House of Delegates Tackles Health Care Workforce Shortages
By Alisa Pierce

As Texas continues to face health care workforce shortages, particularly in rural areas, the Texas Medical Association House of Delegates responded to those concerns with new policies aimed at bolstering the ranks of medical students, residents, physicians, and bedside nurses at its annual TexMed conference last week. 

A main solution the house focused on was supporting resources for physician rural education and training opportunities.  

“Seventy-eight percent of newly licensed physicians in the state in the past five years chose to practice in the state’s five large metropolitan areas,” TMA Committee on Physician Distribution and Health Care Access member Steven Whitney, MD, testified before the Reference Committee on Medical Education and Health Care Quality.  Those who chose a rural practice, he noted, were more likely to be “Texas-born and Texas graduates” than their urban counterparts.  

In addition to renewing TMA’s support for growing the state’s graduate medical education programs, maintaining a strong Texas Medical Board capable of processing record-setting applicant numbers, and taking other measures to keep up with Texas’ exploding population growth, the house voted to prepare, recruit, and retain physicians in rural areas by: 

Providing pathways for preparing rural students for medical school, including physician mentorship and shadowing opportunities. 

Increasing opportunities to learn in rural designations both during medical school and residency training. 

Supporting state efforts to establish federally qualified health centers (FQHCs) and rural health clinics in medically underserved areas and provide necessary technical assistance through programs such as the state FQHC incubator grant program. 

Supporting efforts that have shown success in recruiting physicians to underserved areas, including physician education loan repayment. 

TMA’s Medical Student Section endorsed other measures the house adopted to support socioeconomic diversity in medical education, further address burnout among learners, and include opportunities for medical students to participate in correctional health. 

Immediate past chair of TMA’s Council on Medical Education, Kevin W. Klein, MD, reminded the reference committee that while these efforts are a good starting point, the hard work of combating physician shortages was far from over.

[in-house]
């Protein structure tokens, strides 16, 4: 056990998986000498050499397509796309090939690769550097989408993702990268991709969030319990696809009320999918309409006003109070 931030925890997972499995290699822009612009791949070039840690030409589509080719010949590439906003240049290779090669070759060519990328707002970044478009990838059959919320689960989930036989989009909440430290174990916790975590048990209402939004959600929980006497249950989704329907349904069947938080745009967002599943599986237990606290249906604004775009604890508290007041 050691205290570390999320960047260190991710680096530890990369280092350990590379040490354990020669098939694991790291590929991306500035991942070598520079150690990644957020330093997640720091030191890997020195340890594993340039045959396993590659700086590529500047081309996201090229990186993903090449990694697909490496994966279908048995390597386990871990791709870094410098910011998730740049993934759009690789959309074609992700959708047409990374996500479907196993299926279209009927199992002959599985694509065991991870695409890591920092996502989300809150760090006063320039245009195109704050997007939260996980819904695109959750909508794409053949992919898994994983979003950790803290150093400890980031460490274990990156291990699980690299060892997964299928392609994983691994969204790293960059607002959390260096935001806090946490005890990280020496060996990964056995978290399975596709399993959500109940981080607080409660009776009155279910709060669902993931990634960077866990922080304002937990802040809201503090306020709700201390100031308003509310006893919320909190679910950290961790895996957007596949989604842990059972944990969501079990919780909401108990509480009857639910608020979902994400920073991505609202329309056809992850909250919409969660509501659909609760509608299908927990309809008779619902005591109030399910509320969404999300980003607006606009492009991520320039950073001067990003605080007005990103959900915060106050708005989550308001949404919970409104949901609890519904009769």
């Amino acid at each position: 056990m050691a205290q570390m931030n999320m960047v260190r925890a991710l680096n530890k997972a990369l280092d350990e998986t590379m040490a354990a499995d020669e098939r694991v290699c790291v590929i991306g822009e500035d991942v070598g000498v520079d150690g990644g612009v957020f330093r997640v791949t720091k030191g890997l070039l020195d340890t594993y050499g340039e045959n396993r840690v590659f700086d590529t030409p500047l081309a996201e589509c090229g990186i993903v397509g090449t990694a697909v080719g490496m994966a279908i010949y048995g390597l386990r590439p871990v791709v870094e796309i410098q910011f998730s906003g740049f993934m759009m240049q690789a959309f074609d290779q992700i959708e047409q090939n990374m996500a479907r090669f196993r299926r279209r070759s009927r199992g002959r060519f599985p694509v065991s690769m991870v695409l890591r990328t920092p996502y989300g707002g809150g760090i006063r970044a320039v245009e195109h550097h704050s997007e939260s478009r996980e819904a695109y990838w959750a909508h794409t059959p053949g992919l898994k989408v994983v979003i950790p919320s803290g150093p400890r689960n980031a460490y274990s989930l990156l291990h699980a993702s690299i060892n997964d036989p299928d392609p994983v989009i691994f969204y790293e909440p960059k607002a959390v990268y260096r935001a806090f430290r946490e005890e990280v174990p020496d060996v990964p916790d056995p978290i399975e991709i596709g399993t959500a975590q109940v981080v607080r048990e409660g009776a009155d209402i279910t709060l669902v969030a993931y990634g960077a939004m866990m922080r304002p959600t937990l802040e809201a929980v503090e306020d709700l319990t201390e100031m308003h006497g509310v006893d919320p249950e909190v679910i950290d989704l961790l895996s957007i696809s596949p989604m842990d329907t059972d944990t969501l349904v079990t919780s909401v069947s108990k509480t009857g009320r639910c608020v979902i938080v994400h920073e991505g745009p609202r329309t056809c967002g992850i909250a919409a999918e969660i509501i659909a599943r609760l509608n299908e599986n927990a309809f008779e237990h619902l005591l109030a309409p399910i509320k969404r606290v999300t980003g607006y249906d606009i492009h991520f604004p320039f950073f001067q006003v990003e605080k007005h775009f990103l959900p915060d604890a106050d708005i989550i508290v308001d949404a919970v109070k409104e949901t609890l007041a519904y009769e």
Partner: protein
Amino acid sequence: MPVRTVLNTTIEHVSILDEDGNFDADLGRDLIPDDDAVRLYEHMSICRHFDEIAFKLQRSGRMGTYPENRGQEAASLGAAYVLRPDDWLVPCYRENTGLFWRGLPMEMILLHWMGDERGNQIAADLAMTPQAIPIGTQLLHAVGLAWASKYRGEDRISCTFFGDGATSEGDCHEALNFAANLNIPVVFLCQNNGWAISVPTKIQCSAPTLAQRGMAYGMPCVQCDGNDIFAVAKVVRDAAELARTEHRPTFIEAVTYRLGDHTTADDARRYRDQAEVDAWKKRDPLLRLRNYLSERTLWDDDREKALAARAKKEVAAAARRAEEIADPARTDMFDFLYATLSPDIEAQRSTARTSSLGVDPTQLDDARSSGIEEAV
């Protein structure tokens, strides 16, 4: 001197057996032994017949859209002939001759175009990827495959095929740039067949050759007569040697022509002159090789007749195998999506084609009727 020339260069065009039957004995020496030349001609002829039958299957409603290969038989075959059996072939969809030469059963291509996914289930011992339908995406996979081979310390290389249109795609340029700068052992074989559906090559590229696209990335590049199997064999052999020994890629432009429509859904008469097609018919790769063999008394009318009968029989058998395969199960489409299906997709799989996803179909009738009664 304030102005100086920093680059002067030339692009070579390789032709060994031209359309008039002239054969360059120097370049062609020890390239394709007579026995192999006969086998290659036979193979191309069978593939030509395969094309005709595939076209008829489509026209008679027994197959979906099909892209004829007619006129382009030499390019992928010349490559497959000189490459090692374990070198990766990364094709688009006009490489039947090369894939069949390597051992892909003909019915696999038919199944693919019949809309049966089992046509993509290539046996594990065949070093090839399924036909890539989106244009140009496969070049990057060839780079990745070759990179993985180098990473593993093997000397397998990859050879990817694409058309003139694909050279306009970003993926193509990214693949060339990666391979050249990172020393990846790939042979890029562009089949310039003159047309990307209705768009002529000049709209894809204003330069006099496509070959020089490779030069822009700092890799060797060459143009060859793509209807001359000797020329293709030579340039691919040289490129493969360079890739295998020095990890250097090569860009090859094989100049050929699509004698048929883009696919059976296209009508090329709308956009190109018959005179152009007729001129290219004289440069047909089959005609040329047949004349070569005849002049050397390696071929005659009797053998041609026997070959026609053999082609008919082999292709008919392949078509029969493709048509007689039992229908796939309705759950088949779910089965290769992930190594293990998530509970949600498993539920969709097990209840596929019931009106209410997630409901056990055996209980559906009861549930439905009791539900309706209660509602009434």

“These positive trends are absolutely necessary to continue to build the workforce we need as our state’s population continues to soar,” he said. “Progress is being made, but the job is not done.” 

Delegates also voted to increase health care access by adopting policies in support of the recruitment of nurses for jobs with the most critical shortages, including bedside nurses, those in long-term care facilities, and faculty at nursing educational programs. 

Responding to what Dr. Whitney characterized as a “clear priority to prepare more bedside nurses,” the house also voted in support of adequate funding for the State Professional Nursing Shortage Reduction Program and other state educational loan repayment initiatives to increase the number of nurses trained in the state, as well as efforts to replenish the number of bedside nurses at health facilities after the COVID-19 pandemic reduced their numbers. 

“Every physician knows how important well-qualified nursing staff are to the practice of medicine,” Dr. Klein said.  


Last Updated On

May 25, 2023

Originally Published On

May 25, 2023

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Alisa Pierce

Reporter, Division of Communications and Marketing

(512) 370-1469
Alisa Pierce

Alisa Pierce is a reporter for Texas Medicine. After graduating from Texas State University, she worked in local news, covering state politics, public health, and education. Alongside her news writing, Alisa covered up-and-coming artists in Central Texas and abroad as a music journalist. As a Texas native, she enjoys capturing the landscape on her film camera while hiking her way across the Lonestar State.

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